This is really cute.
This week, at my Dojo I'm going to teach all the secrets passed down to me by my teachers. If you are sincerer about your desire to learn, you'll be here. After all I'm going to teach all of my secrets. So I'll expect to see you soon right?
Let's put this in perspective, Chris.
David Orange who trained with Mochizuki went.
Bill Gleason, who trained with Saotome and Yamaguchi went.
Marc Abrams who trained with Imaizumi and Ushiro went.
Chris Li who trained with too many to list went.
Allen Beebe who trained with Shirata went.
George Ledyard who trained with Saotome went.
That's just the tip of the iceberg.
So, now that *you* are going to teach "all the secrets", (which, btw, is completely different than what the above mentioned people are teaching), you expect people to show up? And are insincere if they don't?
You keep arguing that your definition of "aiki" is right and ours is wrong, yet we have people who have spent up to 40 years in the aikido world with direct students (and that's just the ones who are known publicly). These people that have gone out and put their skills on the line (and failed) are less sincere than you because they didn't expect the mountain to come to them but went to the mountain? Really?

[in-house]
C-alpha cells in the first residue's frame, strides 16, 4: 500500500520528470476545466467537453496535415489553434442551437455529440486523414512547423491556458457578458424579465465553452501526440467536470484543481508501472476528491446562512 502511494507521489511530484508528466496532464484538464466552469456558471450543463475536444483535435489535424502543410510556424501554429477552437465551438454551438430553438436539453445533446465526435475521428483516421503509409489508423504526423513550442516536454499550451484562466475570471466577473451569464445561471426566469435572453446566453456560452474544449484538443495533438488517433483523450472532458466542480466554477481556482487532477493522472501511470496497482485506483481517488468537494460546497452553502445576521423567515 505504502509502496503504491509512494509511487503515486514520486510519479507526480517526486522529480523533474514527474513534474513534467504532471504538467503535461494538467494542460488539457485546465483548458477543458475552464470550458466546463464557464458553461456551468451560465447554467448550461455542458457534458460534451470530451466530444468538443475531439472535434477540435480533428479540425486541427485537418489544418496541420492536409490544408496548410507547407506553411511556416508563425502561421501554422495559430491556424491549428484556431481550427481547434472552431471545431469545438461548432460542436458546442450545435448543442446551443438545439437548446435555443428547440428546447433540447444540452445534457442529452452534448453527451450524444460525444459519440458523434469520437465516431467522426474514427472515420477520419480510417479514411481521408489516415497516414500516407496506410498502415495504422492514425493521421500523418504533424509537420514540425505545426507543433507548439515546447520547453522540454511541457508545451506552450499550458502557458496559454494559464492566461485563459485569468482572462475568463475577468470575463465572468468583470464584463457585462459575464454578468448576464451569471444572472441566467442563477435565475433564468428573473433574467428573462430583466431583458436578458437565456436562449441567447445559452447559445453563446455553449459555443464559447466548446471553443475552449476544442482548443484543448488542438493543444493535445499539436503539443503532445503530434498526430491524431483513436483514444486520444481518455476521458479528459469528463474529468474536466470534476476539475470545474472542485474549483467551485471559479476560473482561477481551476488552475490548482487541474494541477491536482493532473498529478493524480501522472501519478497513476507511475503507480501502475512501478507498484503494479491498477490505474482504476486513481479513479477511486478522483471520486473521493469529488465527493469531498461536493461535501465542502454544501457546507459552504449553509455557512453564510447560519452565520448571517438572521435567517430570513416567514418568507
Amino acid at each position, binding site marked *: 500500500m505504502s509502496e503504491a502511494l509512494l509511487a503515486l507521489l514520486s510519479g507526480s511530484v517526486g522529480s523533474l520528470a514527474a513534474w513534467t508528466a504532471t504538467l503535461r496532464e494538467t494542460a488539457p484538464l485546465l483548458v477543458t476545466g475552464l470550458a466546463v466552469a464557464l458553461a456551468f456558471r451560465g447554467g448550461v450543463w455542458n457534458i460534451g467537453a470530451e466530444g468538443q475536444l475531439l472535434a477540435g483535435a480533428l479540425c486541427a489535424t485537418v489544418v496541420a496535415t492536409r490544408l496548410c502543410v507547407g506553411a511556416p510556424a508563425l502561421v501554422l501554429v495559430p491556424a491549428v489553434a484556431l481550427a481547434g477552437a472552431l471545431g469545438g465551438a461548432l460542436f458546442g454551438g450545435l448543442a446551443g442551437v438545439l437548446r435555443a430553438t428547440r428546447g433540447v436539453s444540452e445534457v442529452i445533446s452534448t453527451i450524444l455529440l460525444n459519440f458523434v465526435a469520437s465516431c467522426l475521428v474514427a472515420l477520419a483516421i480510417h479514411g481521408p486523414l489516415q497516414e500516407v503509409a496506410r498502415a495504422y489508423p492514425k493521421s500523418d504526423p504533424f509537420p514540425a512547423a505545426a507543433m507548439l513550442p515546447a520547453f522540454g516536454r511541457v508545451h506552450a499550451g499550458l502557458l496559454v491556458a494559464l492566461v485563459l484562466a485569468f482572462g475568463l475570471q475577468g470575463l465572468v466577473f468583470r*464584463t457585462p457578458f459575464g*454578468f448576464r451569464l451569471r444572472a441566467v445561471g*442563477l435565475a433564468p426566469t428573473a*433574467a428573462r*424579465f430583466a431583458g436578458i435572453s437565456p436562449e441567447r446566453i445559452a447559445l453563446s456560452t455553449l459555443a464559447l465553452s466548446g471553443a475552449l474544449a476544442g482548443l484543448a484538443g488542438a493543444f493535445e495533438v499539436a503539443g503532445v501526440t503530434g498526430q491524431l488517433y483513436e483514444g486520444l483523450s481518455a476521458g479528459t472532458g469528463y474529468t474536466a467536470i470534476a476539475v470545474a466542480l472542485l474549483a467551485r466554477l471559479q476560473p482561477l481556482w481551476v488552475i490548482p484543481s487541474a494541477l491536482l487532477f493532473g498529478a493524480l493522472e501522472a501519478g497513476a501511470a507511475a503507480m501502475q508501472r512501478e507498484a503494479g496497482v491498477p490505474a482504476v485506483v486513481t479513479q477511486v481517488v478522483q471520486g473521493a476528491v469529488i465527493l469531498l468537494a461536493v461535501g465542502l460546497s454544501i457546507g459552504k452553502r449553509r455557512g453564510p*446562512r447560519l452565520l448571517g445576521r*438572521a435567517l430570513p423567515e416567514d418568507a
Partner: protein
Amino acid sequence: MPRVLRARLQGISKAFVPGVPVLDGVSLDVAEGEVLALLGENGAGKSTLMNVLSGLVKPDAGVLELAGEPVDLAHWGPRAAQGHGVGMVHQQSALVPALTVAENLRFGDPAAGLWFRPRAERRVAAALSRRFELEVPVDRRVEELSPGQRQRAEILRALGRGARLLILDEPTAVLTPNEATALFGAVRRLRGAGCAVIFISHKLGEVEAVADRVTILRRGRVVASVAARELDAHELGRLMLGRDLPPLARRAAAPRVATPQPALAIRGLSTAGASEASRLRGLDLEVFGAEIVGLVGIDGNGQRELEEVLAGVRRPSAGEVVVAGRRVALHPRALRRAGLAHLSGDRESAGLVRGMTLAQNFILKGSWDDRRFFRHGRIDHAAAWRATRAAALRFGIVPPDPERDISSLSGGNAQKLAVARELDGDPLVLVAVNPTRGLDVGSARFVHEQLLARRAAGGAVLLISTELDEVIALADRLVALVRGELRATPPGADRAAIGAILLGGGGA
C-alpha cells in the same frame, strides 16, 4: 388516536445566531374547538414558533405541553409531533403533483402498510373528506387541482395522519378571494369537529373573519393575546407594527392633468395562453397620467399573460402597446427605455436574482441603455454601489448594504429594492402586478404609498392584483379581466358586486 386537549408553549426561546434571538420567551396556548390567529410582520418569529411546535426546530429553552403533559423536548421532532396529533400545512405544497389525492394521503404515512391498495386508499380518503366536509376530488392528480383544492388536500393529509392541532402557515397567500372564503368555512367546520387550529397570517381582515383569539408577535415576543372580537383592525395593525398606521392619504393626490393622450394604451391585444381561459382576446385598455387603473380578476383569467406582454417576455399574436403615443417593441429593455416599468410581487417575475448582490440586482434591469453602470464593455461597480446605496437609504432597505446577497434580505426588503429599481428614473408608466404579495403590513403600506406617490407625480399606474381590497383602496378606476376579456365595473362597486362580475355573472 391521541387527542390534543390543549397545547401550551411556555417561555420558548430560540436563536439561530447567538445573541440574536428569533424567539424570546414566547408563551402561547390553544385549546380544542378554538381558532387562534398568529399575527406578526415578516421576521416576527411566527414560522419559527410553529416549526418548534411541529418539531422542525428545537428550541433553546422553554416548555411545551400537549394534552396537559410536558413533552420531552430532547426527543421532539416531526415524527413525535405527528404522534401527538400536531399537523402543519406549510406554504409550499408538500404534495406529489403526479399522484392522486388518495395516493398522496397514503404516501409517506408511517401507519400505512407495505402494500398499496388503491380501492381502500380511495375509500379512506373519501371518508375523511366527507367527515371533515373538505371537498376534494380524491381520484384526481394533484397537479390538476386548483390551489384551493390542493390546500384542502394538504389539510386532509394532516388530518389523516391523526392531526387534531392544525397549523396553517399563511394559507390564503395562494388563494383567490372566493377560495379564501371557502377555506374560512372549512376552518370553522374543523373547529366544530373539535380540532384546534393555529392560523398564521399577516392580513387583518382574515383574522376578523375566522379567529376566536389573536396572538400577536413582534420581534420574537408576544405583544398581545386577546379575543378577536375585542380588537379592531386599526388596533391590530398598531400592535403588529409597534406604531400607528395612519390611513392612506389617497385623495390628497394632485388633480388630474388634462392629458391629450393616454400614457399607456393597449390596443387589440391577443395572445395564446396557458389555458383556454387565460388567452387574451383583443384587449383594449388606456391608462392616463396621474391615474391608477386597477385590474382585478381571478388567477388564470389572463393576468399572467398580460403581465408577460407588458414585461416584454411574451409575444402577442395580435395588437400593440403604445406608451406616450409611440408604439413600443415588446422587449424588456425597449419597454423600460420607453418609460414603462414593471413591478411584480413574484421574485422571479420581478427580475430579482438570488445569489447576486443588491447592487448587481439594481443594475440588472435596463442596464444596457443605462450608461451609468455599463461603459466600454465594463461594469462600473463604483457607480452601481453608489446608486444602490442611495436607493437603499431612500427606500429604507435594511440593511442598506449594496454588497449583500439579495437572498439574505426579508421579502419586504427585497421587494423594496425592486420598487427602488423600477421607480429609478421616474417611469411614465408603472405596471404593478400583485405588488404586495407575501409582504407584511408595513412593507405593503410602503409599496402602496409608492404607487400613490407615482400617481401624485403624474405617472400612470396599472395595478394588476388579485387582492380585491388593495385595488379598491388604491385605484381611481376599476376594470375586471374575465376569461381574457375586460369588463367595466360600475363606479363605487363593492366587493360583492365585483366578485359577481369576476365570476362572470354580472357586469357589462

Why or why not?
If you don't end up coming.
Here is the reason you suggest, you are not sincere about your training.
Here is a reason I suggest, it's not that important to you.
Do you like my reason or yours better?
Answer carefully, because I'm going to judge your sincerity in everything you do by your answer...
I like David's, mine, Bill's, Marc's, Chris', Allen's, George's reason better. Their sincerety in their training pushed them to get out and into an unknown, unfamiliar world and lay their reputations on the line. In the end, they learned, they trained, they adapted ... their sincerity allowed them to become better martial artists.
BTW, David traveled all the way to Massachusetts to put his sincerety on the line.